If you’re pushing the grapefruit, make sure the apples don’t stink

Though RealTech is a weblog, it’s also the place where I do much of my experimentation with technology. It’s the site I use to test out the plug-ins, graphics applications, and what not I’m eventually planning on using in the rest of my web sites. Normally you don’t use a ‘live’ site to test changes, but I happen to think a live technology weblog is one of the better places to try something out. All those juicy testers.

However, one of the downsides to such effort is that the page may be challenging to access at times. Or a challenge to access at all times for IE7 and lower if it comes to that.

Another downside is that when I’m pushing one type of technology, my uses of other technologies may make it seem like the one I’m pushing is causing problems, when the reality is it could be any number of other tweaks and tricks.

As an example, I’m a big fan of SVG and XHTML. I serve my pages up as XHTML, and I use SVG inline. I write quite a bit on XHTML and SVG because I’m trying to encourage the use of both. If you access this page and it loads slowly, or seems to have other problems, you might think ithe problems are generated by my use of SVG, because it’s the technology I write about the most. However, it could also just as likely be any of a number of other tweaks I’m currently trying out.

In my post WordPress at the Top: Not, a couple of folks (Seth and Daniel) mentioned they had problems loading the page and scrolling and both thought it might be the inline SVG. It’s true that in their client environments, the inline SVG could be causing the problems–especially with my use of gradients, which are quite CPU intensive.

However, a little experimentation of my own shows that problems with the scrolling could also be caused by two older technologies: the first being the use of the CSS fixed background, which no browser seems to handle efficiently; the second being the use of the JavaScript-collapsed posts.

I also use rather large images in the header, and load them as background for elements, which turns off image caching. The lack of caching and the larger image sizes, combined with the derived CSS could slow load times. However, my experiments for sampling images and deriving CSS elements rather depends on my use of the CSS background attributes for adding the images, rather than just loading them using IMG.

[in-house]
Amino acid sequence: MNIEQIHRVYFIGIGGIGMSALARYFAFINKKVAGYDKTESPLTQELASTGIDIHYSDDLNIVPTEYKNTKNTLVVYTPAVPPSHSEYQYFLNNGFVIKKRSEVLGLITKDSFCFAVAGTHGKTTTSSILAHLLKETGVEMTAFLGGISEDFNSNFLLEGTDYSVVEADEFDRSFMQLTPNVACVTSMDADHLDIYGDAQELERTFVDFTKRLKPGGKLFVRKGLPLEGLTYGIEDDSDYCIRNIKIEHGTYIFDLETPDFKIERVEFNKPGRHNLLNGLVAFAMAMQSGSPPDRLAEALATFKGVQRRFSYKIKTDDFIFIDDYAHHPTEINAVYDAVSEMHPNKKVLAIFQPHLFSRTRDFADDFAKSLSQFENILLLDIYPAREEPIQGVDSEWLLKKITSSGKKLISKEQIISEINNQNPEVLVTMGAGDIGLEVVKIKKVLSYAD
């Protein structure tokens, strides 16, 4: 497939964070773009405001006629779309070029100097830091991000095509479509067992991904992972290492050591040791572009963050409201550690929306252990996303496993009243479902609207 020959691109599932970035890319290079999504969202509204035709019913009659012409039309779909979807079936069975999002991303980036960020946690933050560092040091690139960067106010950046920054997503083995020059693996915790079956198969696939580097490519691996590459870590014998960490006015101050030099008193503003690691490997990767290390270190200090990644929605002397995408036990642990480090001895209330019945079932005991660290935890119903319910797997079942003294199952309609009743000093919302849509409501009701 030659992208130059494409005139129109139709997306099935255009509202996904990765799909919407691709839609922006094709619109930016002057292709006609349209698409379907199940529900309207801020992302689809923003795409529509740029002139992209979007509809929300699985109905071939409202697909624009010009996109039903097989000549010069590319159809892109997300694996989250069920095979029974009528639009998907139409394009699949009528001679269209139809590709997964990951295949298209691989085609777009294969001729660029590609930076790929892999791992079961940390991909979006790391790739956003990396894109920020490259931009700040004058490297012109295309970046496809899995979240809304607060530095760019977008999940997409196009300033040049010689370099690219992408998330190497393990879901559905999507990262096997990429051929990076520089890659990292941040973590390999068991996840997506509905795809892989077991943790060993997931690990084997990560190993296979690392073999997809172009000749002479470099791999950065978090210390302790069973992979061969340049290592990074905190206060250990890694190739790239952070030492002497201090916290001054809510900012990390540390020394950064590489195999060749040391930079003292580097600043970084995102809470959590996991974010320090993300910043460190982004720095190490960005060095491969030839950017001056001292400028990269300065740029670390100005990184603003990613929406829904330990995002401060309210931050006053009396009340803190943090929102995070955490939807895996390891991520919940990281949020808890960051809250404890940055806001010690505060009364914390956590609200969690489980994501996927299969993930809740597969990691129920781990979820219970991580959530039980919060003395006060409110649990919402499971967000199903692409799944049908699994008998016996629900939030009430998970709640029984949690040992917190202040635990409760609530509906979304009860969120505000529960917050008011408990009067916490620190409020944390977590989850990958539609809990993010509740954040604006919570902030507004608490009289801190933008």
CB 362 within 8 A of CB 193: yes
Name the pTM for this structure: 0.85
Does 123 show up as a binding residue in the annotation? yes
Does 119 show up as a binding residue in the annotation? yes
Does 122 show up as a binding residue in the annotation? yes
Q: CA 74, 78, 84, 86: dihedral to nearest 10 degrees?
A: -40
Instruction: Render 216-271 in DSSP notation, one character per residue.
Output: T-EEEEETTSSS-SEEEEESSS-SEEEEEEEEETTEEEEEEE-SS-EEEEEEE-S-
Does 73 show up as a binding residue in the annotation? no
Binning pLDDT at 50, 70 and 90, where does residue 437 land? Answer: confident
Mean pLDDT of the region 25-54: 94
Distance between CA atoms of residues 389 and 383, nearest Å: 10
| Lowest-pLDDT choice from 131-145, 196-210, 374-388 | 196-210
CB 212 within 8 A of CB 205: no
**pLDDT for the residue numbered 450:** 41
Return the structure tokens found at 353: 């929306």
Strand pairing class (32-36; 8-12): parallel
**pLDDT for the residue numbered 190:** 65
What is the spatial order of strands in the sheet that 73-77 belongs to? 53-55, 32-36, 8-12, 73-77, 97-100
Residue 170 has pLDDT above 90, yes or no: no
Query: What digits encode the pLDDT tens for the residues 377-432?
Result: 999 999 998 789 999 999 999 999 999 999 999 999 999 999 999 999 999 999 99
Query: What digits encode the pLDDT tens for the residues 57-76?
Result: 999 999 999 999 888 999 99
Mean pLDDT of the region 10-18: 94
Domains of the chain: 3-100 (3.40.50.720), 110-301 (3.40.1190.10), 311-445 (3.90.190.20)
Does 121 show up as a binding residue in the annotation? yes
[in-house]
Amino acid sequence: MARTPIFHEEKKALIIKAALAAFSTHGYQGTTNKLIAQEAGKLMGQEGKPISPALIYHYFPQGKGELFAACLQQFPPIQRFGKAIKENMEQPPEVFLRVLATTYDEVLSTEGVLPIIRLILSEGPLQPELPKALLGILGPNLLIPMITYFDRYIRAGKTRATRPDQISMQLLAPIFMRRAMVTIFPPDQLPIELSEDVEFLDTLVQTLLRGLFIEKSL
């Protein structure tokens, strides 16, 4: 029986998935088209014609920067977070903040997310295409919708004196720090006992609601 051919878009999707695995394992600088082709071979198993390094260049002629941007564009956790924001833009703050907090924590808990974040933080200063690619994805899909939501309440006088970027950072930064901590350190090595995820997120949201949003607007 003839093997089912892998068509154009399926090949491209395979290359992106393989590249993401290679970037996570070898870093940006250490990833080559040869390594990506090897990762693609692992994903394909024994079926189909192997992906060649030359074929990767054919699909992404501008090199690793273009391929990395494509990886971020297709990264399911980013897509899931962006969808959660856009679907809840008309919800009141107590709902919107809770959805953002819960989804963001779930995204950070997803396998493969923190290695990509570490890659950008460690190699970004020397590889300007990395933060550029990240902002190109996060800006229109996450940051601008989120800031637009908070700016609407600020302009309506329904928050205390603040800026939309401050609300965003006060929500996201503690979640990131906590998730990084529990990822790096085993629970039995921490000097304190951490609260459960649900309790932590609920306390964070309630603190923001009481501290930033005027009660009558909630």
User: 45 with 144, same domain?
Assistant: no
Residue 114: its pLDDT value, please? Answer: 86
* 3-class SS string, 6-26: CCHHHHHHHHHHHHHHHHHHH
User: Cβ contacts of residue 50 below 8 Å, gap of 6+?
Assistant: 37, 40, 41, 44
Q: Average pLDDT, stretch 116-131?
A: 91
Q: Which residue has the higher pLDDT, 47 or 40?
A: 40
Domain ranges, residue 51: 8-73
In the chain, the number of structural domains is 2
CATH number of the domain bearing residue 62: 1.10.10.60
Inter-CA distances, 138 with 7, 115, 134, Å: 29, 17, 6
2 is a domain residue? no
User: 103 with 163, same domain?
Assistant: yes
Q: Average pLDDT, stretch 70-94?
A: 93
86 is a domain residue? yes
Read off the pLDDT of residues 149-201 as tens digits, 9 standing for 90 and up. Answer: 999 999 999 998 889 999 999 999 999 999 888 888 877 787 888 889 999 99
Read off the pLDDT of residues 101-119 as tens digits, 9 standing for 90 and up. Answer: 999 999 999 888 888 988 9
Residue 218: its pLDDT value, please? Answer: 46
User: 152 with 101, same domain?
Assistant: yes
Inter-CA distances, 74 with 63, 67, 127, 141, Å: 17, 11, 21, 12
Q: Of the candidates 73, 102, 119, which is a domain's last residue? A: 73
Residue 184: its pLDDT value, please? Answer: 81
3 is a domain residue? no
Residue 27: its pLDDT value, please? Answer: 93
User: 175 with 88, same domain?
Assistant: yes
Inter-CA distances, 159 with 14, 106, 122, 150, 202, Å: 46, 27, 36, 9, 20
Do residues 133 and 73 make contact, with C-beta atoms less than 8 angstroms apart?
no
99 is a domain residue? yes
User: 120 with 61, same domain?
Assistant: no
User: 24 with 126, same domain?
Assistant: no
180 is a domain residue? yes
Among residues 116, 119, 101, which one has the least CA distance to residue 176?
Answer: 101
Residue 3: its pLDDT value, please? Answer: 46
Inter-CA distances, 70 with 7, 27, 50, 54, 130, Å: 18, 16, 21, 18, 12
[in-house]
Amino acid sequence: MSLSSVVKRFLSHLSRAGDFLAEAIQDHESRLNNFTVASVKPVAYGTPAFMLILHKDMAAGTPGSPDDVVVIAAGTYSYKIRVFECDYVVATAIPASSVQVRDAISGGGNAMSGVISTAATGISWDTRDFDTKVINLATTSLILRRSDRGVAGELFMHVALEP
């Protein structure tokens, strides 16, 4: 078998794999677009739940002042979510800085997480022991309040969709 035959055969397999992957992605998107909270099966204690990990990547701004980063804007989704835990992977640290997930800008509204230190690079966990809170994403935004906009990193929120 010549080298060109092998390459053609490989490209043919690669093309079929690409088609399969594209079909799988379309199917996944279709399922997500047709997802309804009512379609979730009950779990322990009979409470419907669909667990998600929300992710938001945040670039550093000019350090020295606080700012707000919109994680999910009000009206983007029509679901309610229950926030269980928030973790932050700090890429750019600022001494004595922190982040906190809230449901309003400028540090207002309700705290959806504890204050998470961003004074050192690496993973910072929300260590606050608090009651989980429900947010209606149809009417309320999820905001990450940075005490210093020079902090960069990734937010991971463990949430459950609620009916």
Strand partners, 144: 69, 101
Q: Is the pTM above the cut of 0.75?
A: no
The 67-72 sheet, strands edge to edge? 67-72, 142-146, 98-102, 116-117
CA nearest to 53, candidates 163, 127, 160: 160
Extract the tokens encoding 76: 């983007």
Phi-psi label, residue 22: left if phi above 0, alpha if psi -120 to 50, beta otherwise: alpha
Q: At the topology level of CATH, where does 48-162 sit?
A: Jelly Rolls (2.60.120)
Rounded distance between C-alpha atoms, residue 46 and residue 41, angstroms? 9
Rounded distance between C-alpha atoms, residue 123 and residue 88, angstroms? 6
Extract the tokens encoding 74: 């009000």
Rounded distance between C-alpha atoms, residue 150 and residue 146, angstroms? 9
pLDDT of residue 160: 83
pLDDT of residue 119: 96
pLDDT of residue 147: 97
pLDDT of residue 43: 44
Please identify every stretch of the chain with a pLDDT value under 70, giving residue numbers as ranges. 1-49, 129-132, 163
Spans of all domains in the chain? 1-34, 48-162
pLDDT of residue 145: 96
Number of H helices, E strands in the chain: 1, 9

To determine whether it is the SVG causing problems, or my other tweaks, I’ve removed the fixed CSS positioning, for now, as well as the collapsed posts and optimized the images and slimmed down the code deriving the CSS. If you’ve noticed performance problems in the past, can you access the pages now and see if the problems you had have been eliminated?

In the meantime, in addition to the other changes I’m making to support XHTML (BTW, you’ll notice that my XHTML validation of comments is too strict at this time, and will more or less give you invalid errors for any use of element attributes), I’m going to look more closely at my use of photo sampling, photo as CSS background, and what I can do to improve this type of functionality.

Then I’ll probably corrupt all that hard work by experimenting around with something else new, and causing my site performance to tank. Again.


Speaking of tanking

Recovered from the Wayback Machine.

Speaking of tanking, the comment thread to the WaSP post on the round table on IE8 versioning took an interesting turn.

A real consensus is that Microsoft should be supporting XHTML (not to mention SVG), and that XHTML strict should trigger standards mode. I think there’s considerably more people supporting XHTML than people assume. I also think this could be a way for MS to save its bacon.

If Microsoft doesn’t follow this advice–doesn’t support the XHTML MIME type, doesn’t turn on standards mode for XHTML strict–the company is sending a message that transcends issues of browser versioning.